What is Sinusitis?
A familiar disease to many in Alabama, sinusitis refers to an inflammation of the sinus cavities usually as a result of bacterial infection. Many times just making the diagnosis of a sinus infection may be challenging. Differentiating a viral infection or an allergy condition from sinusitis is important when choosing the right and appropriate medications for treatment.
Furthermore, a common cold or allergy condition can “set the stage” for a sinus infection to become the main problem. Dr. Robertson and his staff will spend the time required to determine the best medical treatment plan for your individual condition. A “one plan fits all” is never appropriate.
How severe is your sinusitis?
Most patients who suffer from an acute case of sinusitis respond well to medical treatment and return to their everyday activities within one to two weeks. When sinusitis persists over months, or when recurring episodes occur frequently, Dr. Robertson will work towards pinpointing the nature of your specific problem. At times, underlying medical problems or conditions can contribute to the chronic nature of sinusitis.
What Causes Chronic Sinusitis?
The Southeast Region of the United States is known to be especially problematic for allergy sufferers. Some individuals are at an unfortunate disadvantage secondary to environmental allergies. Whether dust mites, ragweed, or the family pet, allergens can add additional inflammation to both the sinuses and bronchi in the lungs. Therefore, certain patients will be at increased risk for sinusitis and bronchitis because of exposure to allergens. Dr. Robertson performs state of the art epicutaneous (prick) and intradermal skin testing to identify possible allergens.
Researchers have identified more than 150 primary immunodeficiency disorders (PIDD). These disorders are usually genetic or inherited. The most common PIDD’s are caused by an absence of certain forms of white blood cells (an important part of the immune system). Our staff is fully capable of obtaining the appropriate lab work to investigate this possibility.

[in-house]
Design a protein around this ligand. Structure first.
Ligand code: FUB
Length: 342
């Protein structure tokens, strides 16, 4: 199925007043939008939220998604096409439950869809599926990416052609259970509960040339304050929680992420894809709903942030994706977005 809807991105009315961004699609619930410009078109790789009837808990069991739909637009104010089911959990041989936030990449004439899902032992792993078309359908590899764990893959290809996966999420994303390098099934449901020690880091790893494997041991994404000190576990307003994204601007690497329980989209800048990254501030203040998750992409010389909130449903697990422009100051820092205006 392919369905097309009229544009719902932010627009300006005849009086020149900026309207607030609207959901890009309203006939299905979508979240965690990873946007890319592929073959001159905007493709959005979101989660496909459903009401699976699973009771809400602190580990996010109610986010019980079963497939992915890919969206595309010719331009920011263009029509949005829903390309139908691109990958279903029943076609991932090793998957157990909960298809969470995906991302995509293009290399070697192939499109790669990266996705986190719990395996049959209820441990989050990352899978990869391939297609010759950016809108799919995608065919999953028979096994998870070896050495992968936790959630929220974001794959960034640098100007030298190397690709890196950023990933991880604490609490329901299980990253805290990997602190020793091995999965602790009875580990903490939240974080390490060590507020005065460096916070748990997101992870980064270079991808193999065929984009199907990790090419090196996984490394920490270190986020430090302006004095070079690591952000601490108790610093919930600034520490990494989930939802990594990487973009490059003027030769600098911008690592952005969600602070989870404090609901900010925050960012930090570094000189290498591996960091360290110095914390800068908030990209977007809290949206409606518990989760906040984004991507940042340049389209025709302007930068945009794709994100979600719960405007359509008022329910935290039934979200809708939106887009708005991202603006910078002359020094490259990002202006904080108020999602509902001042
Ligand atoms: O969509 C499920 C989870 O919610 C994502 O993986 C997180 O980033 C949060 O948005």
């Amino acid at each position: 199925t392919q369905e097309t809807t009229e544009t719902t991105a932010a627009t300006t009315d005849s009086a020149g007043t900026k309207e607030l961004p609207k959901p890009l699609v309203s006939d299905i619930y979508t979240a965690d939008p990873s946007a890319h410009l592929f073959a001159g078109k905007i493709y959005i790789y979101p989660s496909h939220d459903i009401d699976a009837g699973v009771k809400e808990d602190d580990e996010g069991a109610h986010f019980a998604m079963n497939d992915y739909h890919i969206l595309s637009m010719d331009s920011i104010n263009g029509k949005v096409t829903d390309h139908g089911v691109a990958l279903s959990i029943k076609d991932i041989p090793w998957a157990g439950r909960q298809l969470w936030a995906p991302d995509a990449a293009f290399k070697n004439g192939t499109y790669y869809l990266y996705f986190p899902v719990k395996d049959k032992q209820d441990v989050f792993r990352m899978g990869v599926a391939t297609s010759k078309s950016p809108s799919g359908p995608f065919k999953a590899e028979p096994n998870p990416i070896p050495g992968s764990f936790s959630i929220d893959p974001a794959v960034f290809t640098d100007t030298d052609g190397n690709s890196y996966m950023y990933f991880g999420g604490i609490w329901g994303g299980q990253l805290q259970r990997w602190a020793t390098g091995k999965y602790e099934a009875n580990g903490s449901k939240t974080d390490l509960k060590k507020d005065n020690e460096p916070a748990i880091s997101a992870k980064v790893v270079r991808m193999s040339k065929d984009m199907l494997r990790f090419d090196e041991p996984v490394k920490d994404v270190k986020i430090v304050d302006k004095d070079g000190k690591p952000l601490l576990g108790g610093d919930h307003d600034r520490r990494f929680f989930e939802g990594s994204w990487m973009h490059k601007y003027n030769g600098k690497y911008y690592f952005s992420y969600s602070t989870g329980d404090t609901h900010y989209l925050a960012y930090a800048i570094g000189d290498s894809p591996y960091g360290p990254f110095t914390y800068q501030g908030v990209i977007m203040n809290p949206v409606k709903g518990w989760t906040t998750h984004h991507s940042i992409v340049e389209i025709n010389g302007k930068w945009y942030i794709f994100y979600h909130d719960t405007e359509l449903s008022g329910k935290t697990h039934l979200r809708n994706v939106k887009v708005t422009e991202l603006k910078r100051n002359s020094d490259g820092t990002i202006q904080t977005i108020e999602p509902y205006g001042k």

ANATOMICAL OBSTRUCTION AND/OR SINUS POLYPS:
When appropriate and aggressive medical management is unsuccessful in treating chronic sinusitis, it is often related to the presence of anatomic abnormalities in the sinuses either of a structural nature (narrowing of sinus drainage pathways) or physiologic abnormality (mucosal thickening or polyps within the sinus cavity). CAT scan (CT) imaging of the sinuses is required to determine if this is part of your particular problem.
While systemic therapies such as antibiotics, decongestants, and steroids may be helpful, we also try to use topical therapies such as saline irrigation and steroid solutions and sprays in the treatment of both chronic and acute sinusitis.
When chronic sinusitis does not respond to medical management, a surgical procedure may be indicated.
Diagnostic measures, such as nasal endoscopy and CT imaging of the sinuses can help determine whether surgery is indicated. Functional Endoscopic Sinus Surgery (FESS) and Balloon Sinuplasty are two procedures frequently performed by Dr. Robertson.